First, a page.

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Tracy Samilton

Auto Reporter/Producer

Tracy Samilton covers the auto industry, business, and the business response to climate change for Michigan Radio.   She began her career at Michigan Radio as an intern, where she was promptly "bitten by the radio bug," and never recovered.  She took over the auto beat in January, 2009, just a few months before Chrysler and General Motors filed for bankruptcy.  Tracy's reports on the auto industry can frequently be heard on Morning Edition and All Things Considered, as well as on Michigan Radio.   Her coverage of Michigan's Detroit Three automakers has taken her as far as Germany, and China. 

Tracy graduated from the University of Michigan with a degree in English Literature. 

Tracy Samilton

Despite heavy storms Thursday night, about 150 people showed up for a town hall meeting in Flint, after  city leaders announced that Flint will continue to get its drinking water from Detroit - instead of from a new pipeline called the KWA.

Some people at the town hall told the mayor and other officials they don't trust them to do the right thing.

After being warned, several people were arrested for shouting, booing, and using foul and abusive language.

Others lined up at the microphones to ask for more information about how the decision was reached.
 

Solar panels
Ford Motor Company / Flickr

"Michigan is going to control its own energy future."

That's Michigan Agency for Energy Executive Director Valerie Brader, describing the benefits of the state's new energy law, which goes into effect tomorrow.

The law removes the cap on how much utilities can use energy efficiency and renewable energy to meet the state's energy needs, says Brader.

She says energy efficiency projects have already saved the state $4 billion since 2008, and there's the potential for even more, especially if energy efficiency is the cheapest way to meet demand for power. 

The Onion

Fake news has become ubiquitous, and it's more sophisticated and thus harder to spot, say communications experts at the University of Michigan.

In response, they'll offer a free online course on Friday, "Fake News, Facts, and Alternative Facts" on the edX website, which universities use to offer free classes to the public.

Brian Weeks teaches communication studies.  He says it's good news that Google and Facebook are launching new tools to help people try to determine if something is true.  But he thinks the best strategy is citizen education.

Steve Carmody / Michigan Radio

The U.S. Environmental Protection Agency says it has no current plan to close its Region 5 branch office in Chicago, and calls a Chicago Sun-Times newspaper story reporting the possibility an "unsubstantiated rumor." 

But despite saying the story "has no merit," there's clearly a reason for the rumor.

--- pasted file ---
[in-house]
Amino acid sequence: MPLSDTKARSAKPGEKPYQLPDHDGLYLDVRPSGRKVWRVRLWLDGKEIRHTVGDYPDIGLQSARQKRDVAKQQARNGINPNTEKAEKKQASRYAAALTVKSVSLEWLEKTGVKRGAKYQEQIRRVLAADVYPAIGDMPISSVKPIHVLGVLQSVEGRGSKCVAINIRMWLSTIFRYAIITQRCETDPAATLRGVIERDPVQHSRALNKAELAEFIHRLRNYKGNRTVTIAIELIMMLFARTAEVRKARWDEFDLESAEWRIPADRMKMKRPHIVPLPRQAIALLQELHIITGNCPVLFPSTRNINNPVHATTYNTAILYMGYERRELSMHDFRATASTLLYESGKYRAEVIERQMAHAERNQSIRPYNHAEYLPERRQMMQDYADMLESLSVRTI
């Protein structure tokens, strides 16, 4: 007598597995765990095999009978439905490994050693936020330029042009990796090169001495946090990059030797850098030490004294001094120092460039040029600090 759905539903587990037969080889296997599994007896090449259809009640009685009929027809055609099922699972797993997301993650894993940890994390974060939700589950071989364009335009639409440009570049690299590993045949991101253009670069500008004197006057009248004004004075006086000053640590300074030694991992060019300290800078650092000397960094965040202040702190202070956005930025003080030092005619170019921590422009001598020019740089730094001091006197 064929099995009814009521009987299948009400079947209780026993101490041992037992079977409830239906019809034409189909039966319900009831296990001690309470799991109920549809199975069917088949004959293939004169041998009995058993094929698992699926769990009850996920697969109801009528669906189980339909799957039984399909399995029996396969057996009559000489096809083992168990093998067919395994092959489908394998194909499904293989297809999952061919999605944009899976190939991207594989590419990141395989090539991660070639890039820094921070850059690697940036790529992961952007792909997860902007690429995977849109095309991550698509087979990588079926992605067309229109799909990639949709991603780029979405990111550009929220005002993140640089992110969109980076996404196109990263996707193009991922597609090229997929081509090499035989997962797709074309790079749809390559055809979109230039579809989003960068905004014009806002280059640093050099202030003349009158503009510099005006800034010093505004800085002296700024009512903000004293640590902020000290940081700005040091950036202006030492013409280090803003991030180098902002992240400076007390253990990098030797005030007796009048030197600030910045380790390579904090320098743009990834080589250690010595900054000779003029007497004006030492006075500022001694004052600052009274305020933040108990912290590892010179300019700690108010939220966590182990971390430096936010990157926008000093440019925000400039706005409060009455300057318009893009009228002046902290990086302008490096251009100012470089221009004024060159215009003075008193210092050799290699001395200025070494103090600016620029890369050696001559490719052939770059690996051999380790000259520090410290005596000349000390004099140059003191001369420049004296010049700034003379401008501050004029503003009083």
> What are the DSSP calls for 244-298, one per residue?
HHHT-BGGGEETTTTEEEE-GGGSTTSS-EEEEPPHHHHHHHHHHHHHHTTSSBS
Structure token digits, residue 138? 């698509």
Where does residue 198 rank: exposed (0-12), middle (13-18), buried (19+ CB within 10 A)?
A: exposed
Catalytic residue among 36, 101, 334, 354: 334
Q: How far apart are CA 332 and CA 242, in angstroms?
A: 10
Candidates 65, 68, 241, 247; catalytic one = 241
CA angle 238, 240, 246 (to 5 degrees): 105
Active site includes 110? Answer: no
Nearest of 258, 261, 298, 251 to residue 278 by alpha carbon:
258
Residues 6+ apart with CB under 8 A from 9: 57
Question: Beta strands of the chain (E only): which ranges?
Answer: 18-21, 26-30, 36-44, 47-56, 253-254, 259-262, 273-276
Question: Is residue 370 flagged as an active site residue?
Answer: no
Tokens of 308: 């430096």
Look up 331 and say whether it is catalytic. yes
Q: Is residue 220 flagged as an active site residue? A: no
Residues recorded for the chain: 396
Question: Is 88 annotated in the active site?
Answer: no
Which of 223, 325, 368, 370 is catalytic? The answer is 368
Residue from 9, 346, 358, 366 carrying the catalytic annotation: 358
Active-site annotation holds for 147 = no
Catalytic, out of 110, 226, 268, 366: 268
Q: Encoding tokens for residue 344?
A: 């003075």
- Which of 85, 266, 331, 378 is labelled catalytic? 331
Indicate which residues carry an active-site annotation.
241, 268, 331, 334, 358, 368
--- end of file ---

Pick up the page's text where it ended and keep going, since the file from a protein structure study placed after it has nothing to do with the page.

An EPA official says the agency may merge two of its branch offices, but hasn't decided if it will, let alone which ones. 

Steve Carmody / Michigan Radio

Detroit's Board of Police Commissioners has passed a resolution asking U.S. Attorney General Jeff Sessions to continue using consent decrees to control police abuses. 

The U.S. Justice Department uses consent decrees to eliminate patterns of abusive practices by police.

But Sessions says consent decrees can reduce morale among officers, and make them less effective at reducing crime. Sessions has asked for a review of all current consent decrees over police departments. 

Marijuana
USFWS

Bills to legalize recreational marijuana for adults were introduced in the Canadian Parliament Thursday. 

U.S. Customs and Border Protection says no matter what Canada does, it's not going to change anything at the Michigan border.

The agency says its officers are highly trained to detect the illegal importation of narcotics. So anyone hoping to buy marijuana in Windsor, Sarnia, or Sault Ste. Marie and return to the U.S. with it could face fines and arrest. 

Michigan Attorney General's office

A judge in the criminal sex abuse case against former MSU sports doctor Larry Nassar has issued a new order to prohibit attorneys and witnesses from speaking publicly about the case.

The judge says it's necessary to prevent a "carnival atmosphere" and an unfair trial for Nassar.

Nassar is accused of sexually abusing girls he was treating.

Nassar also faces civil lawsuits filed by  more than 80 other women who say he sexually abused them.

Attorneys for those women say the gag order also applies to them, and is unconstitutional.

MGoBlue screen shot

The man who led the University of Michigan's hockey program for 33 years is retiring.

77-year-old Red Berenson says he was getting questions on the recruiting trail about how long he'd remain head coach – and it seemed the right time to "get out of the way."

He says he'll play a distant role as an advisor when it comes time to choose his replacement.

Detroit Police Department pledges cooperation with UM Innocence Clinic.
maxpixel

The Detroit Police Department will cooperate with the University of Michigan Innocence Clinic, helping find evidence for the clinic  to investigate possible cases of wrongful conviction.